Juan Diego Flórez came late to classical music, preferring instead pop and Elvis Presley. Following appearances at La Scala and Covent Garden, he was anointed as the new Pavarotti, but Jessica Duchen discovers that the world's favourite tenor is his own man
When Juan Diego Flórez got married in the Basilica Cathedral, Lima [Peru], back in 2008, the astounding scenes could have been welcoming royalty.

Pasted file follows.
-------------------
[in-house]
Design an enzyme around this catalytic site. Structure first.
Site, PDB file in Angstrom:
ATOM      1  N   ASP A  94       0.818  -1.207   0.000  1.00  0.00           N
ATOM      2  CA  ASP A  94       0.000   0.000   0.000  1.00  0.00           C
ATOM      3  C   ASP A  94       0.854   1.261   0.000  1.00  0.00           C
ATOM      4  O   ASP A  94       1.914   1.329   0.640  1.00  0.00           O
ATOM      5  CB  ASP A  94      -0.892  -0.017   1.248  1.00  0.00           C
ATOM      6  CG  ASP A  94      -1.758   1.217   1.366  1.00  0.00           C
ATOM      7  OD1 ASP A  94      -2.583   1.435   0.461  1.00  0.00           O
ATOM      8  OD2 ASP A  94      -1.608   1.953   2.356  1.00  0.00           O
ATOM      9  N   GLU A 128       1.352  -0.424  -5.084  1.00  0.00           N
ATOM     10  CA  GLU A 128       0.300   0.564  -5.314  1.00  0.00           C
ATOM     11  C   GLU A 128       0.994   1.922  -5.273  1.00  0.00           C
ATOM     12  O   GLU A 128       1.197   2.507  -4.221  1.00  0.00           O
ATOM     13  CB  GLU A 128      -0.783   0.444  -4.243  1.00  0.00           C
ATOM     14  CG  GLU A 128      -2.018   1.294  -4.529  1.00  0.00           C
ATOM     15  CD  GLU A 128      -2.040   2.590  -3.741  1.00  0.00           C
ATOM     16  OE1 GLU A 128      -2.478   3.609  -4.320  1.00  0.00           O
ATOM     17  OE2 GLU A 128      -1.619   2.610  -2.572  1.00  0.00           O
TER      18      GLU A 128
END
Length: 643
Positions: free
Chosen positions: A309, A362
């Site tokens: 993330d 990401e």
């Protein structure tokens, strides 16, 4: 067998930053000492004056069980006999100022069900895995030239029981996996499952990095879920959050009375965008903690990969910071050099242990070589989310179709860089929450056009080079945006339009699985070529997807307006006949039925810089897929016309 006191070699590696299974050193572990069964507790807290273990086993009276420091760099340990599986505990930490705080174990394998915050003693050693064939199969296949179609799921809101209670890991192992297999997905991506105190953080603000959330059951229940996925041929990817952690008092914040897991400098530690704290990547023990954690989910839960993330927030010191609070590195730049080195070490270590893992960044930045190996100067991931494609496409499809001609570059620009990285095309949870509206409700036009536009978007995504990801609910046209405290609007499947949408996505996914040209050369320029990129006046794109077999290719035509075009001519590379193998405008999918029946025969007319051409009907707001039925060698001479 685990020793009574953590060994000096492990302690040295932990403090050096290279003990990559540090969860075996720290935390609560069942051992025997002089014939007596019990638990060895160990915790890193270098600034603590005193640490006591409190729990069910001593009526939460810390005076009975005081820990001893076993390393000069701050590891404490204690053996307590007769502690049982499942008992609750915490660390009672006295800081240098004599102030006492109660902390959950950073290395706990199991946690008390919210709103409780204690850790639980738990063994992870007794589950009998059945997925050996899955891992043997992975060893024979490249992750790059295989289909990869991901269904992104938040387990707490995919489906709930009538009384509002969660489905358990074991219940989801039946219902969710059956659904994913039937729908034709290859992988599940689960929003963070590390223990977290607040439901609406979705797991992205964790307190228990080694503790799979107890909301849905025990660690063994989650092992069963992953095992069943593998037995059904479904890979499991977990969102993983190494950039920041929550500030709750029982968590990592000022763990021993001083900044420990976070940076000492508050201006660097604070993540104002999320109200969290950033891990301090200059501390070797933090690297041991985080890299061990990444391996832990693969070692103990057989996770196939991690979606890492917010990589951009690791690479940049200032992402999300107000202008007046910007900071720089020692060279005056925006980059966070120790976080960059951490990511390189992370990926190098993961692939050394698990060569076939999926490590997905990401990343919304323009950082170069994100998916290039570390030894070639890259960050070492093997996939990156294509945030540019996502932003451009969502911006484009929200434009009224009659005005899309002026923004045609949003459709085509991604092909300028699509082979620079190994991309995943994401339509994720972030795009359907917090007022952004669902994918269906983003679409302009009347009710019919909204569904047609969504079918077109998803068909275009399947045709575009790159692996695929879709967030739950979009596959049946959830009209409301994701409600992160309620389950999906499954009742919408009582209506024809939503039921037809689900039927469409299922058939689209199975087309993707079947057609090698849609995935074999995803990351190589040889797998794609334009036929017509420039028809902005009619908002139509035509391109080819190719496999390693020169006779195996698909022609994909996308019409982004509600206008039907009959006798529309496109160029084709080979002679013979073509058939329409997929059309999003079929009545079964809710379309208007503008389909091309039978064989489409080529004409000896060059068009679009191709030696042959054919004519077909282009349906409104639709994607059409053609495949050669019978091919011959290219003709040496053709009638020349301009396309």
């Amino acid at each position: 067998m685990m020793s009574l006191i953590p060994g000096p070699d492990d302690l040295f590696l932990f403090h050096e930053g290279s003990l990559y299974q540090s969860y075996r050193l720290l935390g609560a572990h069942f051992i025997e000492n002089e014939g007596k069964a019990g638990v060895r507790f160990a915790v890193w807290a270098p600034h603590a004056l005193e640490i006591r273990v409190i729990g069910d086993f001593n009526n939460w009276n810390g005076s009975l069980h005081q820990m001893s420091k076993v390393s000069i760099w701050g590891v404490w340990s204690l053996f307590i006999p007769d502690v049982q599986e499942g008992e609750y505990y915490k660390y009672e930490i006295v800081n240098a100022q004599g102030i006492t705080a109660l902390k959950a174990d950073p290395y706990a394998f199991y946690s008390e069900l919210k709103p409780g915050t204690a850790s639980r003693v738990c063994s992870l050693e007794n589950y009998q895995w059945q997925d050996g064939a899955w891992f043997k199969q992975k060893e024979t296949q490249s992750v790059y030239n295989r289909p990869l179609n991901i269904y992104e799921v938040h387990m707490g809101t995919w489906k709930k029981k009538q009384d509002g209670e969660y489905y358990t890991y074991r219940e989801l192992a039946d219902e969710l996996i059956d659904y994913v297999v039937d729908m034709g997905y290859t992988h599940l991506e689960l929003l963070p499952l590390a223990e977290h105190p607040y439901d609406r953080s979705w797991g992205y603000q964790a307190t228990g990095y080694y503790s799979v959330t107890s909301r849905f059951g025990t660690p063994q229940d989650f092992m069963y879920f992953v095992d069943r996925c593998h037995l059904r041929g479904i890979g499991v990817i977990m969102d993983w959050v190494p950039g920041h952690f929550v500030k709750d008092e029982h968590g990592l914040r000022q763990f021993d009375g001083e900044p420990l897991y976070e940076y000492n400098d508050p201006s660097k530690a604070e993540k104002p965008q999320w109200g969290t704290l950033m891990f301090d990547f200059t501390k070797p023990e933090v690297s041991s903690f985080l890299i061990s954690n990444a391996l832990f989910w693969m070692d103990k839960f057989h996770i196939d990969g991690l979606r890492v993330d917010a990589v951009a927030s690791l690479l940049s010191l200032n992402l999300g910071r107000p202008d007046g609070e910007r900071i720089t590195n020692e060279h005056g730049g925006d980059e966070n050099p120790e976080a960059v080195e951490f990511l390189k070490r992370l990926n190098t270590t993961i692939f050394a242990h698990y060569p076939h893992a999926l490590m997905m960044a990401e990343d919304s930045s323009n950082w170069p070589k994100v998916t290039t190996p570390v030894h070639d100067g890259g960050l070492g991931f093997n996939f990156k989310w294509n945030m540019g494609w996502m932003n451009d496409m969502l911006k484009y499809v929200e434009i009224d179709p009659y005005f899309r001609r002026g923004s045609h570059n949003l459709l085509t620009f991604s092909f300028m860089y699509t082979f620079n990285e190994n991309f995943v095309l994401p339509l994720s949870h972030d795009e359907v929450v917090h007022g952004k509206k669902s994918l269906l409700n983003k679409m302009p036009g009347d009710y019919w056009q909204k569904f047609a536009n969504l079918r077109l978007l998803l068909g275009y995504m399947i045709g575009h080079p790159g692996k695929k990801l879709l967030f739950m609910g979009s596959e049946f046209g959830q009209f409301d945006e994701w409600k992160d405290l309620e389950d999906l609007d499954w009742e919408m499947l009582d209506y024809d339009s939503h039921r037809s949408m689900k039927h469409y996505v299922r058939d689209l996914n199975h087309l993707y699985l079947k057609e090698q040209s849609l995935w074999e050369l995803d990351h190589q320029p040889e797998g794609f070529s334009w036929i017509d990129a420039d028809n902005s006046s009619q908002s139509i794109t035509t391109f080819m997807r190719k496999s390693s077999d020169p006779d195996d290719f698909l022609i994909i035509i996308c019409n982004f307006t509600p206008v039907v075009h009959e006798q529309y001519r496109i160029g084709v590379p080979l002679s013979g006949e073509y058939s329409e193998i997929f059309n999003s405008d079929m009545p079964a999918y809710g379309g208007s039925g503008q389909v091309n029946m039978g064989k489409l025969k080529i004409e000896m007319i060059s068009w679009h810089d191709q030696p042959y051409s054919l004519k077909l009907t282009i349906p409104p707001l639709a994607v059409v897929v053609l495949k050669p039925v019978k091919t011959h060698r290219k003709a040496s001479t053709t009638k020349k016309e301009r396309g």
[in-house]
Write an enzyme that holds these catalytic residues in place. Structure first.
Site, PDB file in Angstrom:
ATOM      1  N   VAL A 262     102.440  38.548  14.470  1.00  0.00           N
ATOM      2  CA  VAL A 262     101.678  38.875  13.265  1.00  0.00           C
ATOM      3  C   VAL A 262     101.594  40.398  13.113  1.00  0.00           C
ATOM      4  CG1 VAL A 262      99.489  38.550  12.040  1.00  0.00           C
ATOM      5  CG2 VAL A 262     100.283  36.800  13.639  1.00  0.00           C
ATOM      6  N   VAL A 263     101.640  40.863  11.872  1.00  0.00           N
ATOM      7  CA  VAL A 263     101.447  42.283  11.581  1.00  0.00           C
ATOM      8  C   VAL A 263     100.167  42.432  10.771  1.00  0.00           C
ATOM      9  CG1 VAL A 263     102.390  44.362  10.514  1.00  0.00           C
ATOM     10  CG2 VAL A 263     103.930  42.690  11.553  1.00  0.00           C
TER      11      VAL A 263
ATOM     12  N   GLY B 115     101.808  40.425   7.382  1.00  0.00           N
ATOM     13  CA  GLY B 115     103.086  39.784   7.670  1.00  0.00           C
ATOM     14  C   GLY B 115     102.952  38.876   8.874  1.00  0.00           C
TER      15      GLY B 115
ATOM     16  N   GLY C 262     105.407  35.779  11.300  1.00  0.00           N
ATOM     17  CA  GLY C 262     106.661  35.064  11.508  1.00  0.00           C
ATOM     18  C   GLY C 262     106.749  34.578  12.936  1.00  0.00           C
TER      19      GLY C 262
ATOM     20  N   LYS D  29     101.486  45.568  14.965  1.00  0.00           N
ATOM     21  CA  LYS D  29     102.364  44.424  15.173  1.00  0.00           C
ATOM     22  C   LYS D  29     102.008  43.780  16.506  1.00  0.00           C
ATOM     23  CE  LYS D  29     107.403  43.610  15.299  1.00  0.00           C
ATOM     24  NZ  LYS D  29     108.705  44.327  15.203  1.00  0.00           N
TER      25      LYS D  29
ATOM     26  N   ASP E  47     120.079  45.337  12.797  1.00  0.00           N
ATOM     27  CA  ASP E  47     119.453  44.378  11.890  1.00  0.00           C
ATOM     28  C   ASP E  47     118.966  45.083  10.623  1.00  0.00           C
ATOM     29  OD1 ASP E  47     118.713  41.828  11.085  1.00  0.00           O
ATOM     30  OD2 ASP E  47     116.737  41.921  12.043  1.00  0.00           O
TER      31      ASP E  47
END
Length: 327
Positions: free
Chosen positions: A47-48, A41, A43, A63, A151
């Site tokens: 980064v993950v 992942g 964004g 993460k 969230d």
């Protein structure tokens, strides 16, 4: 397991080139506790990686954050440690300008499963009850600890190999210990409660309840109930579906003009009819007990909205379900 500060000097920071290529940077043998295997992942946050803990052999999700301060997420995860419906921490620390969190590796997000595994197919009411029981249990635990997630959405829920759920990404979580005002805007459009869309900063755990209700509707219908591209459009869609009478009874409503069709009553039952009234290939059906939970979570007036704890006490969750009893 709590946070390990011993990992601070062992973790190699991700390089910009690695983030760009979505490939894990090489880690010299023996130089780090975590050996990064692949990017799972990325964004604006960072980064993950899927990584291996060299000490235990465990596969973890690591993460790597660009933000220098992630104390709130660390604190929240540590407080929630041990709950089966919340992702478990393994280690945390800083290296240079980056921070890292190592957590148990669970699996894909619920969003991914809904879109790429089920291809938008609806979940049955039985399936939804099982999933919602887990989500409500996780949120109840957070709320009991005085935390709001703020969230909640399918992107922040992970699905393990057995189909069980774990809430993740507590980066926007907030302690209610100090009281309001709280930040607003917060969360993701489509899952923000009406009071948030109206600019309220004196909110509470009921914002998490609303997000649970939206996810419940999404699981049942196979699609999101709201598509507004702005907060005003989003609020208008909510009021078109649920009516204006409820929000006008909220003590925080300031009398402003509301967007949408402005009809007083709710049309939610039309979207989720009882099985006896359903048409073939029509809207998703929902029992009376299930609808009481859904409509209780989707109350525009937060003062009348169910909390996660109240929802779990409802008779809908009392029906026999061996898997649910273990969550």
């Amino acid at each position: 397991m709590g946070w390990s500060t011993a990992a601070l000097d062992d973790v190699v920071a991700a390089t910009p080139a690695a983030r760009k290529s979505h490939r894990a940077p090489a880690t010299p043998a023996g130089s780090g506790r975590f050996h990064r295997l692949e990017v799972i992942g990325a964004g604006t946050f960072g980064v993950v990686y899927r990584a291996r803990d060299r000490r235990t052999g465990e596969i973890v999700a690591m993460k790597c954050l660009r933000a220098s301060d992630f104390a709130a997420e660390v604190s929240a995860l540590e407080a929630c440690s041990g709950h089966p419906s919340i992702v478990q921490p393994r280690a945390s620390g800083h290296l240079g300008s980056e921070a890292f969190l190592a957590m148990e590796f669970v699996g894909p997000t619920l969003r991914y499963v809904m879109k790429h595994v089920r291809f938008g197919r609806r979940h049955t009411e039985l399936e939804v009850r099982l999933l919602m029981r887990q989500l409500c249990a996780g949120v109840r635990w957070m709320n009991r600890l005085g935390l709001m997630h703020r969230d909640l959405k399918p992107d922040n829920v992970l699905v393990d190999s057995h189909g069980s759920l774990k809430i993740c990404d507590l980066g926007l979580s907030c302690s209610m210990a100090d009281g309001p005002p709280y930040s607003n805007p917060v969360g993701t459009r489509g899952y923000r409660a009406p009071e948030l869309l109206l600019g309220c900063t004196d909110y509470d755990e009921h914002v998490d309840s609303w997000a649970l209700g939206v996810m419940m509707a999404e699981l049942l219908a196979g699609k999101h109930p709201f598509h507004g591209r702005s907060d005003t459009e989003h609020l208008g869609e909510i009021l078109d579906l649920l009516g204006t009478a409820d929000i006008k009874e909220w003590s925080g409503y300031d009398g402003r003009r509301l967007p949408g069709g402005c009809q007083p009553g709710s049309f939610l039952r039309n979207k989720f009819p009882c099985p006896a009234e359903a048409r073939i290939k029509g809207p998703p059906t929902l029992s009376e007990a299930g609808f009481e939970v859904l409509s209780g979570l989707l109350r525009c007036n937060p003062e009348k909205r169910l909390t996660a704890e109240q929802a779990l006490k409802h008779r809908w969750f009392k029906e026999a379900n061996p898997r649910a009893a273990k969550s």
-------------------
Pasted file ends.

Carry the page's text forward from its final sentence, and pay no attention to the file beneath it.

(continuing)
Maintaining vocal health, he says, means maintaining physical health. "Sleeping well is the main thing. And eating well; I'm vegetarian, which works for me. I do sports - I play tennis, sometimes I play soccer." Like football, singing is an intensive physical activity: "The fact that I'm 37 and my voice hasn't changed much is, I think, a positive thing, because the voice is at its best from 25 to 35. This is the prime; after that, it starts going down. It's the same for footballers, who don't play any more after they are 35. We sing with our muscles. So if you're 37 to 40 and you still have the qualities, characteristics and high notes that you had when you were 30, it means you're doing a good job. It means you're going to sing your repertoire for a long time, which is great because this is he repertoire that made you famous and that the public love. They don't want to hear me sing whatever else; they want to hear me sing bel canto."